opinion

'Deal With It'

Republicans: Instead of Whining About Jeff Sessions, Legalize Pot

Lawmakers are spitting mad at the attorney general. So maybe that could, y’know, pass a law?

opinion

Three days after California finally began recreational marijuana sales, bringing its $13.5 billion black market industry into the light, Jeff Sessions began rolling back the era of legal state sales by instructing federal prosecutors to ignore the Obama-era memo that directed prosecutors to mostly ignore marijuana-related crimes in states where the drug had been legalized.

By rescinding the Cole memo, Sessions left many legal dispensary owners, marijuana growers, and recreational users in the lurch, wondering how federal prosecutors will deal with their emerging industry going forward as the White House moves in the wrong direction.  

Here’s a thought: Instead of letting the Department of Justice dictate the country’s drug agenda, what if lawmakers actually, you know, did their jobs and passed a law? Congress could just repeal the Controlled Substances Act––particularly the part that classifies marijuana as a Schedule I substance with no accepted medical use.

Removing marijuana’s classification in the CSA––and beginning to recognize legitimate medical purpose on a federal level––would be smart not just as policy, but also because it would remove all such power from Sessions, making his decrepit decision moot.

Somewhere between 54 and 64 percent of Americans now favor legalization or decriminalization. Support for medical marijuana is at nearly 90 percent. Representatives should take the views of the people seriously and recognize the part they must play in ensuring the DOJ doesn’t tread all over the will of the people. Nine states and Washington D.C. now have recreational sales, and a majority of states have legalized some form of medical use, with no apocalyptic effects. Some studies even suggest opioid use could go down if weed were readily available as an alternative painkiller.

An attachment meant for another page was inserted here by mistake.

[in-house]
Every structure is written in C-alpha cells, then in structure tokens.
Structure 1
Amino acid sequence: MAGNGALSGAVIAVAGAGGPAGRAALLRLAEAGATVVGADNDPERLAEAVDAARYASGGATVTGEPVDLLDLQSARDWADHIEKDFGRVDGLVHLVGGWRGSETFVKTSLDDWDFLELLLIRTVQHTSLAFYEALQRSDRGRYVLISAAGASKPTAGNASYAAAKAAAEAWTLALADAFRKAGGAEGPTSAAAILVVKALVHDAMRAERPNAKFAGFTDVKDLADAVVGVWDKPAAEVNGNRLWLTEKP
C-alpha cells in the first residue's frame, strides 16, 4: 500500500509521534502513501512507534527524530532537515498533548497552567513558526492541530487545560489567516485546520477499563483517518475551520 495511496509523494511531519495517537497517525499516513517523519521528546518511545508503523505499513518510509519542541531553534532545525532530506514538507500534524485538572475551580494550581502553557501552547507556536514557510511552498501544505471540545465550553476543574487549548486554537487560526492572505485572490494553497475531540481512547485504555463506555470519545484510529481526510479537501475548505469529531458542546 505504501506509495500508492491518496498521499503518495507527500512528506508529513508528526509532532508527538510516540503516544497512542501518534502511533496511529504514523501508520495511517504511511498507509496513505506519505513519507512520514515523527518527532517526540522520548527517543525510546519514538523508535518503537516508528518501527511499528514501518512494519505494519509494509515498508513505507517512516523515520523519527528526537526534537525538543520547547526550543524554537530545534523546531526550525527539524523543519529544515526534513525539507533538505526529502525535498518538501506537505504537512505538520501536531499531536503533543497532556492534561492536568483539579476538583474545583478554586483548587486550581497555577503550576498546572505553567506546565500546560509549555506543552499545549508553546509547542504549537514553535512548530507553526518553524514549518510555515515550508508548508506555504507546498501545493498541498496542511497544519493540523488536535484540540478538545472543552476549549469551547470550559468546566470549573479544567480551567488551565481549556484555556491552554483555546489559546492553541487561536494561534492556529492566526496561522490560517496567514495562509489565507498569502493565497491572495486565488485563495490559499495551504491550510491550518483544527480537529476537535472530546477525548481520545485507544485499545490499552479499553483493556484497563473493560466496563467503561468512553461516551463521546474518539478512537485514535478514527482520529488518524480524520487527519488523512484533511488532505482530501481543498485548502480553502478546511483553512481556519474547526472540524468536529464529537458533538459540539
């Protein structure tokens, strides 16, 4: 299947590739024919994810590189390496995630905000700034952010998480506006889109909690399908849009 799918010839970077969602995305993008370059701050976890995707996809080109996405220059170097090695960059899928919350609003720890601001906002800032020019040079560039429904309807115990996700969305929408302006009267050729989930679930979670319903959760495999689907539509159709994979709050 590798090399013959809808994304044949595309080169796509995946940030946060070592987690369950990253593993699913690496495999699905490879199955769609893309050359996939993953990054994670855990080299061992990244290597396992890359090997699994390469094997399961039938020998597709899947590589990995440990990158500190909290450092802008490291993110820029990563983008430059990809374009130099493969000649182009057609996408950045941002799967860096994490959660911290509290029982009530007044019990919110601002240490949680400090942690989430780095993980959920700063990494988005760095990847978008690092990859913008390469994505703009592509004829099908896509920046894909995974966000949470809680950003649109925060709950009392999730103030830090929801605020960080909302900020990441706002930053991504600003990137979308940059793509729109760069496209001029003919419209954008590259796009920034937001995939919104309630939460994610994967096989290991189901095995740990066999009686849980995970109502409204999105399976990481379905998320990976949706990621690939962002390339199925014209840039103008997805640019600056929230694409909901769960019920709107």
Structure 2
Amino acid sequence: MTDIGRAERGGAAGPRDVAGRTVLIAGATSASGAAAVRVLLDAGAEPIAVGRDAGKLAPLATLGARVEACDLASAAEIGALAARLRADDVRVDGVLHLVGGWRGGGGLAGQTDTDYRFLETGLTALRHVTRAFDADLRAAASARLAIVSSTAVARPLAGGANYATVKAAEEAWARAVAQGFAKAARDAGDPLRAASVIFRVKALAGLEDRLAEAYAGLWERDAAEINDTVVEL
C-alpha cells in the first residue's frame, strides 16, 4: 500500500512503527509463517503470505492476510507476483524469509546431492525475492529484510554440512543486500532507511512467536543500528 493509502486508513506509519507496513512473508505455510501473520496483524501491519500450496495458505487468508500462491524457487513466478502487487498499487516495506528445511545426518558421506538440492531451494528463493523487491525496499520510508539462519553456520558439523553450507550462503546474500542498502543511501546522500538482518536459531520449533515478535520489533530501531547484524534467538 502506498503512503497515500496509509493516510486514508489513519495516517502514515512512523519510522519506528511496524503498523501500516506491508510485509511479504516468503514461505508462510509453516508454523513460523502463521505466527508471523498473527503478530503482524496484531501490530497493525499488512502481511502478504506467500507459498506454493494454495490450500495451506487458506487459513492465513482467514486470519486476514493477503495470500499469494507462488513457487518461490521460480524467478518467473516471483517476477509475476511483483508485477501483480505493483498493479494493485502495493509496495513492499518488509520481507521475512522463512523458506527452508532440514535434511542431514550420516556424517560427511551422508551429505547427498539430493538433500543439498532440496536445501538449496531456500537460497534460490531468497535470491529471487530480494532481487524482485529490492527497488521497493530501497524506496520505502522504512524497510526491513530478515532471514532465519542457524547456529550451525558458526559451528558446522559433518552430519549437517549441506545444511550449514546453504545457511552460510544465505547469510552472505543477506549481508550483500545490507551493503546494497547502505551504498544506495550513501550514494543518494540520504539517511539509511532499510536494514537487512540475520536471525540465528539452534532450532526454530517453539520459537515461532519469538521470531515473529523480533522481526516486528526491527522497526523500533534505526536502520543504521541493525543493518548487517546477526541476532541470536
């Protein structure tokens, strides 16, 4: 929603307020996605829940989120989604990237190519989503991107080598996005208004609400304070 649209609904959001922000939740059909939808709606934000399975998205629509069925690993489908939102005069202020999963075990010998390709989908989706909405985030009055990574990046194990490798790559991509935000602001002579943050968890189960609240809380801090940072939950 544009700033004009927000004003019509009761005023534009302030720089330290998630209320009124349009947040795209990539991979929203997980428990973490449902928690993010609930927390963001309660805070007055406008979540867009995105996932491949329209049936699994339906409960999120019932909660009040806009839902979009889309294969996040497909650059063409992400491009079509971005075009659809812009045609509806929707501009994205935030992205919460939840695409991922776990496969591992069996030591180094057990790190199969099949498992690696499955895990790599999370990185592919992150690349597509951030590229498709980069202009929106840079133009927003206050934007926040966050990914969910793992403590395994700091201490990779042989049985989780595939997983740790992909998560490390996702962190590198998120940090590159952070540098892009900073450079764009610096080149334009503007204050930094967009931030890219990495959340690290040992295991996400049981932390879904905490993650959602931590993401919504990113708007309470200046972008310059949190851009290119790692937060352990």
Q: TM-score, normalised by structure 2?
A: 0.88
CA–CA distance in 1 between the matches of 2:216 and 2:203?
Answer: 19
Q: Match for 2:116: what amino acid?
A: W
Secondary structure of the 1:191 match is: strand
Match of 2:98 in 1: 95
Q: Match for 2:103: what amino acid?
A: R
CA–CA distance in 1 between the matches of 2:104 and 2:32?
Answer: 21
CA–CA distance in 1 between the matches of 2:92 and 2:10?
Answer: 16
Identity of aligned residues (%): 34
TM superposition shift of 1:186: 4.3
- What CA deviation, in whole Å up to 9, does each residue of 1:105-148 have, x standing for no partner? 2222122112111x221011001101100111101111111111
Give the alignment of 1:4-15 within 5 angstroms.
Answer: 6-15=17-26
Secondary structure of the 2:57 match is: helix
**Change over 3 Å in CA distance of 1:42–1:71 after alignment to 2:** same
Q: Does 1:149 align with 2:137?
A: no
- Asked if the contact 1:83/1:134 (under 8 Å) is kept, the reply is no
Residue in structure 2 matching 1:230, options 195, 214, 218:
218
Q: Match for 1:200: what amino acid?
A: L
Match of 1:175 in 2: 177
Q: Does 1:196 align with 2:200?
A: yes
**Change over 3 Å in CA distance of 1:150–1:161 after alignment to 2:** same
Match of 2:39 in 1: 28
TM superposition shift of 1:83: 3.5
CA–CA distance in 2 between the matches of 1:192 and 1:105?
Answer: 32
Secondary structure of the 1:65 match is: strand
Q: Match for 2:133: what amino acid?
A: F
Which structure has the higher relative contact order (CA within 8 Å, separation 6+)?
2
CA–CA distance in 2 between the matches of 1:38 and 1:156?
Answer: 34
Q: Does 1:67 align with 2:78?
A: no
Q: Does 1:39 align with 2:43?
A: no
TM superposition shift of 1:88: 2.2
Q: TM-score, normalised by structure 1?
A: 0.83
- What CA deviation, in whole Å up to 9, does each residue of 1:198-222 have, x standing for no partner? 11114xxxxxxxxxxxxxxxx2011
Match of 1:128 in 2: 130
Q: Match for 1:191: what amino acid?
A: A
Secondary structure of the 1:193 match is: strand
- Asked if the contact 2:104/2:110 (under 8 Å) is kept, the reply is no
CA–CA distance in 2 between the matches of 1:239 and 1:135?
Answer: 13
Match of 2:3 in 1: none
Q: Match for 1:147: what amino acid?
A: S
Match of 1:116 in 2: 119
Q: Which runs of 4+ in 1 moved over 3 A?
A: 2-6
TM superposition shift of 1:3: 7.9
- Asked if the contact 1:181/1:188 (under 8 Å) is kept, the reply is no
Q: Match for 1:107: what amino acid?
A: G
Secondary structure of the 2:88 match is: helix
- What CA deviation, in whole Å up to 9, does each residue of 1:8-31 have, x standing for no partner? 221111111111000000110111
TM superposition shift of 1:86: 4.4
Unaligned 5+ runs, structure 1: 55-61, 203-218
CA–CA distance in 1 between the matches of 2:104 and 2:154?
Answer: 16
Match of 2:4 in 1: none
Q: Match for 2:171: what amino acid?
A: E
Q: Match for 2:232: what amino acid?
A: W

There’s an opening here for Republicans to get on the right side of the issue, and popular opinion. Yes, there are still curmudgeonly conservatives buying into the law and order, reefer madness mentality that has caused us catastrophic harm. But some older conservatives (former Texas Governor Rick Perry, Senator Rand Paul, even Baptist televangelist Pat Robertson) are down with at least medical marijuana, if not some form of decriminalization. Plenty of younger conservatives are prepared to go farther––per Pew, around 63 percent of millennial Republicans were in favor of legalization as of 2015.

I think the Cole memo let members of Congress off the hook,” said Bill Piper, senior director of the Drug Policy Alliance. “It made the need for statutory change less urgent. Sessions is essentially kicking the ball into their yard, forcing them to deal with it.”

They just might. Minutes after Sessions’ move was made public, a bipartisan group of legislators including Republican Sen. Cory Gardner––who joined every other Republican senator in voting for his former colleague’s nomination as AG, but says he did so after Sessions promised him that he wouldn’t rescind the Cole memo, and thus tamper with Colorado’s thriving pot market, tweeted their frustration.  

Meanwhile, back in March, Republican Rep. Thomas A. Garrett introduced the Ending Federal Marijuana Prohibition Act of 2017, co-sponsored by Democrat Tulsi Gabbard, Republican Scott Taylor and a dozen others, including Republican Justin Amash. The bill would remove marijuana entirely from the hydra that is the controlled Controlled Substances Act––a bold bill that has predictively stagnated since its introduction. Sessions’ memo could help force it forward.

Letting law enforcement worry about real crimes, and freeing up some of the money used to incarcerate low-level nonviolent offenders would be a boon for fiscal conservatives––even law-and-order types should back it. Conservatives should keep in mind that America’s punitive, rarely-rehabilitative system not only fails at helping people reform their ways, but the drug war has cost more than $1 trillion since Richard Nixon declared it 45 years ago.

Instead of trusting Sessions to sic an army of prosecutors on states, patients, and consumers in various states, Congress should take Gabbard and company’s effort to repeal or amend the CSA seriously. Then, and only then, will they actually be representing the constituents they claim to care so much about.